To achieve peak performance athletes need to train. Train too little and they risk lacking the fitness and skills to achieve their full potential. Train too much though, and they risk fatigue and injury. A balance needs to be found in order for the athlete to succeed.
When thinking about money and finances, the typical goal is finding ways to save more. But saving involves forgoing spending today, for benefits in the future. And whilst some level of saving is unquestionably wise, just as with the athlete who over-trains, it is possible to over-save, wasting opportunities to enjoy today, only to end up with far more wealth later in life than is necessary.
I can recall speaking with a guy many years ago who was extremely frugal to the point where it led to his marriage breakdown. His wife was no longer prepared to live an unnecessarily bland existence on the promise of some Nirvana in the future.
This week then, I wanted to explore over-saving. What is it, how to identify if it’s a camp you’re residing in, and how we can go about finding an appropriate balance between spending and saving.
How to define over-saving
Let’s begin by defining over-saving. We don’t know how long we are going to live, and we don’t know what our health will look like in our final years and therefore what sort of care expenses might be needed. For most people, with these considerations in mind, they’d like to know that there’s no significant prospect of them running out of savings prior to reaching age 100. Distinct from our savings, we typically own our home, which provides a secondary form of financial security, particularly in the event of needing to go into aged care.
My definition of over saving then, is when projections indicate you will have significant wealth, over and above your home, at age 100.
Now it could be that a particular goal of yours is to pass on significant wealth to the next generation, and if that’s the case then you may well wish to see an expectation of meaningful assets at the end of your life. But in most cases I would suggest that if your goal is to support future generations, you are likely better off achieving that through funding education expenses, perhaps helping out with the deposit on a home, or gifts, rather than delaying all that assistance until after you’ve passed away.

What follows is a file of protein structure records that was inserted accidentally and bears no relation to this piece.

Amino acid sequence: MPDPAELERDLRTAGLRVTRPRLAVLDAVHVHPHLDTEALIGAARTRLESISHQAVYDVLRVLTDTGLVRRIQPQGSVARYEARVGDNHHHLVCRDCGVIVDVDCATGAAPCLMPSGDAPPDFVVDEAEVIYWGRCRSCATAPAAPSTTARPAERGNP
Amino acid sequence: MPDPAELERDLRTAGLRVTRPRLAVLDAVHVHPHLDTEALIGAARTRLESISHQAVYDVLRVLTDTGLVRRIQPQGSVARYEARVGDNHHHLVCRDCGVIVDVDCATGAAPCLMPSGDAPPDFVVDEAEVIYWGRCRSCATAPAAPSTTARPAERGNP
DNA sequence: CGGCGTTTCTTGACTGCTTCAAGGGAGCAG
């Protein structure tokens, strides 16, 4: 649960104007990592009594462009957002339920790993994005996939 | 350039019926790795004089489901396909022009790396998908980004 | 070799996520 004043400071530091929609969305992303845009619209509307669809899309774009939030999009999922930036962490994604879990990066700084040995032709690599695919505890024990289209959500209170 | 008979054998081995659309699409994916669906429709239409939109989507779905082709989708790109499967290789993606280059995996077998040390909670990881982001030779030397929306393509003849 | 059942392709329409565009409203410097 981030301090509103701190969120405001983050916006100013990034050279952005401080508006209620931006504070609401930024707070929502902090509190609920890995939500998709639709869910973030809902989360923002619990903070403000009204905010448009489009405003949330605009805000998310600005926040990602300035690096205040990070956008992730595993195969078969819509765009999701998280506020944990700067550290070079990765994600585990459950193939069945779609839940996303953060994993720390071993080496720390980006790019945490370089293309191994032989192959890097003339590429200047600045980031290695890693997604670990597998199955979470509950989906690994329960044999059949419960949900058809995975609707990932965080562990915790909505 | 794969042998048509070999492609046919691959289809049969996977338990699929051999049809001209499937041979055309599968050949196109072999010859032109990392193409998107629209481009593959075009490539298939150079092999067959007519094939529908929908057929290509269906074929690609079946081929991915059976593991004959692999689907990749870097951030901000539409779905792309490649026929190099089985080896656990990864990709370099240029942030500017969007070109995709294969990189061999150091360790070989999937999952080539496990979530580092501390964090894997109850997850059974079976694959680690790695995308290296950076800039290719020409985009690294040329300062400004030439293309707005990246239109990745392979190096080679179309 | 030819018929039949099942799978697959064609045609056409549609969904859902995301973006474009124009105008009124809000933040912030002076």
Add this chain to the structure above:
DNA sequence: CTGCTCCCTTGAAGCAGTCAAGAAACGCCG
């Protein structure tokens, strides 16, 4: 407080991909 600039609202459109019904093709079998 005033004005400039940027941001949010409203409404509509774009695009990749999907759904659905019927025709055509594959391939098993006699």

Are you over-saving?
One way to test if you are over-saving is to run projections based on your current level of savings, and determine whether you are on track to have an unnecessarily large amount of wealth at the end of your life.
It’s not uncommon for us to find when we do this work for our clients, that their superannuation contributions, on top of the compounding effect of their existing assets, is comfortably enough to achieve their goals.
The first lesson then is to crunch your numbers.
The next thing to explore is whether your underlying goals make sense.
Recently I was working with a couple who identified their goal as being to have $100,000 a year of passive income. Now that’s a challenging goal. To accumulate enough investment assets to throw off $100,000 per year would require many many years of savings for most workers. And they had a mortgage to pay off.
When we dug into why that was a goal, and in particular why that level of income was the target, we found that it was unnecessarily high in their case. One aspect we identified was that if they could get the mortgage paid off on their home, then that element of current spending would be eliminated. With the mortgage gone they could achieve their financial independence goal on considerably less investment income, and therefore the sacrifices that would have been required to achieve their initial goal were unnecessary.
I’ve also come across instances of over-saving that was the result of feeling the need to conform, or live up to expectations. Sometimes those expectations can come from family, and other times from the social community you interact with. Reflect on whether this is your driver. Are your goals a reflection of what you want, of what will make you happy? Or have those goals been arrived at under a sense of pressure to get the approval of someone in your life?
We want to save enough to ensure we are financially secure throughout the entirety of our lives, and can achieve our goals along the way. So how do we go about finding a balance between spending today, versus saving for the future?
Start by interrogating your goals and ensure that they truly reflect what you want to happen. I find that sometimes people’s goals are determined more by what they think they should aspire to, rather than what actually makes sense to them.
Next, crunch your numbers. How are you looking long term? If you’re savvy with a spreadsheet and your situation is fairly simple, you can probably get a reasonable approximation yourself. If you want to dial that in, or just gain the confidence of having a fresh set of eyes test your thinking, then of course reach out for external help.
A final filter to help you identify potential over-saving is to reflect on what you are sacrificing today to achieve the savings regime that you are currently adhering to. For example if saving 50% of your wage is resulting in you being unable to socialise with your friends on the weekend, perhaps you give some thought to dialing that savings rate back to a level that enables you to enjoy your life, even whilst being financially sensible.
Money is an enabler. Happiness is our goal. Taking a few months to travel around Australia with your kids, backpacking in Europe in your 20’s, or paying for childcare or a cleaner to give you some de-stressing time. These will all dent your savings. But their value can’t be measured in dollars.
You might find this of interest: Can I spend $20,000 every second year on travel and still retire at 60?
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